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Annie's Box: Charles Darwin, his Daughter and Human Evolution [Hardcover]

Randal Keynes
3.8 out of 5 stars  See all reviews (6 customer reviews)

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Book Description

7 May 2001

The story of the personal tragedy that lay behind Darwin’s revolutionary understanding of man’s place in nature.

Darwin’s eldest daughter Annie died when she was only ten years old. In the writing case are keepsakes of her life that cast precious light on Darwin’s work and on his love for his wife and children. Taking Annie’s story as his starting point Randal Keynes brings together science and humanity in a ground-breaking book that makes a major contribution to our understanding of Charles Darwin.

Randal Keynes, Darwin’s great-great-grandson and the current guardian of Annie’s box, conjures up a world in which great thinkers – including Carlyle, Babbage and George Eliot – were struggling with ideas that were to shake mankind to its core. At the forefront was Darwin himself, whose thinking about evolution and human nature was profoundly influenced by his life with his family, vividly pictured in this intimate portrait of the man and his private world.

Product details

  • Hardcover: 352 pages
  • Publisher: Fourth Estate; First Edition edition (7 May 2001)
  • Language: English
  • ISBN-10: 1841150606
  • ISBN-13: 978-1841150604
  • Product Dimensions: 23.1 x 15.5 x 3.6 cm
  • Average Customer Review: 3.8 out of 5 stars  See all reviews (6 customer reviews)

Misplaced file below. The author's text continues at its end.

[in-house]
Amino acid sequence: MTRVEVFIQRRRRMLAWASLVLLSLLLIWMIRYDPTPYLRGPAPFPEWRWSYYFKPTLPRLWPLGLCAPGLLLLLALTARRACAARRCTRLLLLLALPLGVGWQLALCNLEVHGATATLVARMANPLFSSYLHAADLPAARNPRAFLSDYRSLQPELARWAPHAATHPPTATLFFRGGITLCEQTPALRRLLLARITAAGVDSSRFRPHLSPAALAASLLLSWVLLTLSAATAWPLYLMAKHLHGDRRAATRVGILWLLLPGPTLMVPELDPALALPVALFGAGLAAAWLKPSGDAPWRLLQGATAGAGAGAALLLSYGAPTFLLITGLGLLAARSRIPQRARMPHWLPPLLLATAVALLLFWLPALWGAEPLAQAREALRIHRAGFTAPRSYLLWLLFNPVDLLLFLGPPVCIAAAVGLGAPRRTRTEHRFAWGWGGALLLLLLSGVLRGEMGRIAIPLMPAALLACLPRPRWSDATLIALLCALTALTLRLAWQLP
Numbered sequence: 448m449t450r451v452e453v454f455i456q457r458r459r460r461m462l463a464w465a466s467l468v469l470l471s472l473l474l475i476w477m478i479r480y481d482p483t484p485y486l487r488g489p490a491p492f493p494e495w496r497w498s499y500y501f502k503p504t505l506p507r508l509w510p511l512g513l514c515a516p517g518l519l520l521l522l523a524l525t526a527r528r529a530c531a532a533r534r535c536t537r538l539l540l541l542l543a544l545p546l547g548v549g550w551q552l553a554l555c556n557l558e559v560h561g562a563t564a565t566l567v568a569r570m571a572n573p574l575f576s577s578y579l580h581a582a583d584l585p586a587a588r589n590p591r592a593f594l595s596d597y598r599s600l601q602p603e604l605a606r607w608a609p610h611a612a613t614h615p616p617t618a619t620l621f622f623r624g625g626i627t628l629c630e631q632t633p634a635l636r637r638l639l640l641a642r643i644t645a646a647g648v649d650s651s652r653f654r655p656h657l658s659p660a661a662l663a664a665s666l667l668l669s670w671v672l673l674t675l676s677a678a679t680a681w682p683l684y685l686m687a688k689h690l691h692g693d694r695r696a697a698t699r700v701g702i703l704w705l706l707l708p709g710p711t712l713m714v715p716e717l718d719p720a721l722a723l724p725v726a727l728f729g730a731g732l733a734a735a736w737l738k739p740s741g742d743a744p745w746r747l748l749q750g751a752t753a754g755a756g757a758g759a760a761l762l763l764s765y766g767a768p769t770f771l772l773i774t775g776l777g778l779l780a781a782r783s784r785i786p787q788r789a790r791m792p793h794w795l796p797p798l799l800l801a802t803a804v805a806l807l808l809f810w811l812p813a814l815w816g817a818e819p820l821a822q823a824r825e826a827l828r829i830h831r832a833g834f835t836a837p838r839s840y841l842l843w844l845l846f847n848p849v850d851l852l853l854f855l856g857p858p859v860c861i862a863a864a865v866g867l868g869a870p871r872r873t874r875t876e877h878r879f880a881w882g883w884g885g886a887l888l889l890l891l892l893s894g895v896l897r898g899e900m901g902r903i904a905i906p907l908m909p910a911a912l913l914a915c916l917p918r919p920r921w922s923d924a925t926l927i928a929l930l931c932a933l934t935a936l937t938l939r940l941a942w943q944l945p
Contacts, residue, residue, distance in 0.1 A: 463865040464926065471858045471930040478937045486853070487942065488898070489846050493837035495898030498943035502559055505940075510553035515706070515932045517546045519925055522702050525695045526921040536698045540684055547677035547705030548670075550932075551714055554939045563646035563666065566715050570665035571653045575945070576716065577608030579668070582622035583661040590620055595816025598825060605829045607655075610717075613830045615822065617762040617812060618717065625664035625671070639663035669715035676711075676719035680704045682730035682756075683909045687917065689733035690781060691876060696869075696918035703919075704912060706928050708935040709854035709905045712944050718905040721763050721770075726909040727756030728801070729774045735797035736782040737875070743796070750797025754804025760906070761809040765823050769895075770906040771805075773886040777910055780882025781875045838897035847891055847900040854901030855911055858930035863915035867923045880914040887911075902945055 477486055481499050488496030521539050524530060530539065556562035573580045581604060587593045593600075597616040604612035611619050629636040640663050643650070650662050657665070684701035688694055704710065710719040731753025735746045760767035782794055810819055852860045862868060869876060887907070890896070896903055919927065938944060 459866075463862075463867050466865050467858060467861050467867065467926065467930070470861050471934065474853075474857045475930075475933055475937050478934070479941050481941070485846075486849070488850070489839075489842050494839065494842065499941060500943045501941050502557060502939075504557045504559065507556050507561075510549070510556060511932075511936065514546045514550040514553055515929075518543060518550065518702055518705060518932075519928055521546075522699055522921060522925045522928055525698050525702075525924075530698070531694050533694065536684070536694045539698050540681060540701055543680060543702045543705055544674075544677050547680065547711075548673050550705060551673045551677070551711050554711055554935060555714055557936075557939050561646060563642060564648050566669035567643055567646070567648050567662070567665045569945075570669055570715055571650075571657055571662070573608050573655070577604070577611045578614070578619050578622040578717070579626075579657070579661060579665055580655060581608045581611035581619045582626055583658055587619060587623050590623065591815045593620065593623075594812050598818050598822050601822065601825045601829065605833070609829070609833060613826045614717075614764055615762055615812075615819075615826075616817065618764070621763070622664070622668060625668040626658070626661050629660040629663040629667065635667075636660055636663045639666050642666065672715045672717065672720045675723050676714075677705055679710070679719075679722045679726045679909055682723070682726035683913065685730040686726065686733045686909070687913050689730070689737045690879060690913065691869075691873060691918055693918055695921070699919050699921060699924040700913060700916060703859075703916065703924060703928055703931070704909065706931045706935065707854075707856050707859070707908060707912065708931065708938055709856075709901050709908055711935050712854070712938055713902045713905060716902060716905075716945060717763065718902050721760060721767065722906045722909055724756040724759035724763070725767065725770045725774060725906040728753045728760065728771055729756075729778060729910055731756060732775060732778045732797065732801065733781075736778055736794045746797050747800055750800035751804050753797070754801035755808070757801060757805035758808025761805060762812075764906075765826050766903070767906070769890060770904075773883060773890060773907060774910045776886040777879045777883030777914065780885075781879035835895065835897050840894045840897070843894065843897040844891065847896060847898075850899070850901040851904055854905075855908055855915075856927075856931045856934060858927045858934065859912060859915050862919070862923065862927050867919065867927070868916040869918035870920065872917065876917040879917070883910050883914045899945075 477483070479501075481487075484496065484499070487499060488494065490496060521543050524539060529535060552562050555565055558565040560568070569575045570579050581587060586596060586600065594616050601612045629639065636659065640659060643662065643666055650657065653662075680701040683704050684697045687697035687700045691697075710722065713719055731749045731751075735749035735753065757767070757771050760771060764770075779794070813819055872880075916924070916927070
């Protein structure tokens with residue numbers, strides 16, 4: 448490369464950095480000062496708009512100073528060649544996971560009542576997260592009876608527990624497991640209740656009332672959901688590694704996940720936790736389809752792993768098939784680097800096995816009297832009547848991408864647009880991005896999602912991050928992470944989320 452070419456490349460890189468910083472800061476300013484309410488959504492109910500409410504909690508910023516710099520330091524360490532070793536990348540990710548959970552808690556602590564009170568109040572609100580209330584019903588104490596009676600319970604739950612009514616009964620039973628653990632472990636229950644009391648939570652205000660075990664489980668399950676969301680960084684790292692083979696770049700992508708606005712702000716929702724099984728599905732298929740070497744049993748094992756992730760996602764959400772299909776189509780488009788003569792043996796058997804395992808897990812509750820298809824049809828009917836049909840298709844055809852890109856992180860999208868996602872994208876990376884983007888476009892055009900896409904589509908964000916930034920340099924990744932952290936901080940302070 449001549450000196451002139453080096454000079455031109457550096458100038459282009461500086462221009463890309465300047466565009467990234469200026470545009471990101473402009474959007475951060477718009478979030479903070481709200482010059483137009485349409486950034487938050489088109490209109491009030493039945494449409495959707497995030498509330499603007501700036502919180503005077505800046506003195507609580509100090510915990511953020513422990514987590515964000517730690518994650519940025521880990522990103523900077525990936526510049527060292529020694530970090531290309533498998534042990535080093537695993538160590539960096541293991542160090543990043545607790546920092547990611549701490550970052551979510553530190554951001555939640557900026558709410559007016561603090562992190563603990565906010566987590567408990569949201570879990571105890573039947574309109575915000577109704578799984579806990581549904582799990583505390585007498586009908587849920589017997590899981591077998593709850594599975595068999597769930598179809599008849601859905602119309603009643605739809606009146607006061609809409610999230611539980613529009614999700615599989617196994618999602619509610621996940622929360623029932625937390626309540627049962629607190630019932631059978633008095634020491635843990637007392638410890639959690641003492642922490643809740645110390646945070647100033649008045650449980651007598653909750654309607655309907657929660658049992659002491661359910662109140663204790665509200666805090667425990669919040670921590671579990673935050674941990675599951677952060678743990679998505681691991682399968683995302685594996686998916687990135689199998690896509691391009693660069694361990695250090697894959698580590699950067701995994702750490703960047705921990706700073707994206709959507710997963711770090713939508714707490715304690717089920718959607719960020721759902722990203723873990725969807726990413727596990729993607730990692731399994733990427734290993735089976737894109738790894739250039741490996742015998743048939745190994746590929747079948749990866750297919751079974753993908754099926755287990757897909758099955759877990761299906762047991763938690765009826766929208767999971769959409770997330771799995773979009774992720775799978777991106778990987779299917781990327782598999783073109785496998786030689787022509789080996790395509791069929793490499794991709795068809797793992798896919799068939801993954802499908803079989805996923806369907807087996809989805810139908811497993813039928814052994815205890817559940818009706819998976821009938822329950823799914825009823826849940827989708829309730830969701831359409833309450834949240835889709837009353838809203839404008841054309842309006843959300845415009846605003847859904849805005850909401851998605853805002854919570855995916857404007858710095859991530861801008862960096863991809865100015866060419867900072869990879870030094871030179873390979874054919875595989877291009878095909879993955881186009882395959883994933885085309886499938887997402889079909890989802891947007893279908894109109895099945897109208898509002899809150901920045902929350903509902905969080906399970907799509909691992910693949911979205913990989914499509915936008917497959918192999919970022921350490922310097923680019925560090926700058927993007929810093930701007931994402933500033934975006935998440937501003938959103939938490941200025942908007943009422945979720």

• Amazon Bestsellers Rank: 275,736 in Books (See Top 100 in Books)

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Amazon Review

Annie's Box contains the brief life and premature death of Annie, Charles Darwin's eldest daughter, and opens up to present a humane, warm portrait of the most revolutionary of evolutionary thinkers. The key here is perhaps "premature": Annie was only 10 years old when she died, probably of tuberculosis, yet her death made Charles even more acutely conscious of the elimination of the weakest as he formulated his "big species book", The Origin of Species. Darkly he even pondered, along Lamarck's lines, whether he had contributed to her death by passing on characteristics he'd acquired during his lifetime, for he was a generally sickly man. The other question raised was one of divine influence, and Annie's death caused him to ask hard questions about his faith. Another daughter, Etty, remembered him mentioning her only twice again for the rest of his life, yet 35 years on from her death, in 1851, he intimately recalled for an article her first smile at eight weeks old.

The box in question was a writing case, into which were put Annie's "childish things" when she died, such as her writing equipment, her embroidery, some letters and some notes. And, of course, the family's grief. Great-great-grandson Randal Keynes' handling of his material is exemplary, drawing on the memoirs of Darwin's children, family papers, letters and a host of scholarship. The evocative picture described is unique to the Darwin family, but it's also very much a picture of its time. Infant mortality was commonplace in the mid-19th century, yet Keynes draws out the intense, prolonged mourning felt by Darwin and wife Emma for Annie, despite having many subsequent children. With a supporting cast including Charles Dickens, Joseph Hooker, Alfred Wallace Russel, TH Huxley, and George Eliot, Keynes presents a poignant yet unsentimental account, laying out Darwin's thinking with commendable and precise acumen, yet suggesting most persuasively how his personal circumstance rippled the deep water of his theories. --David Vincent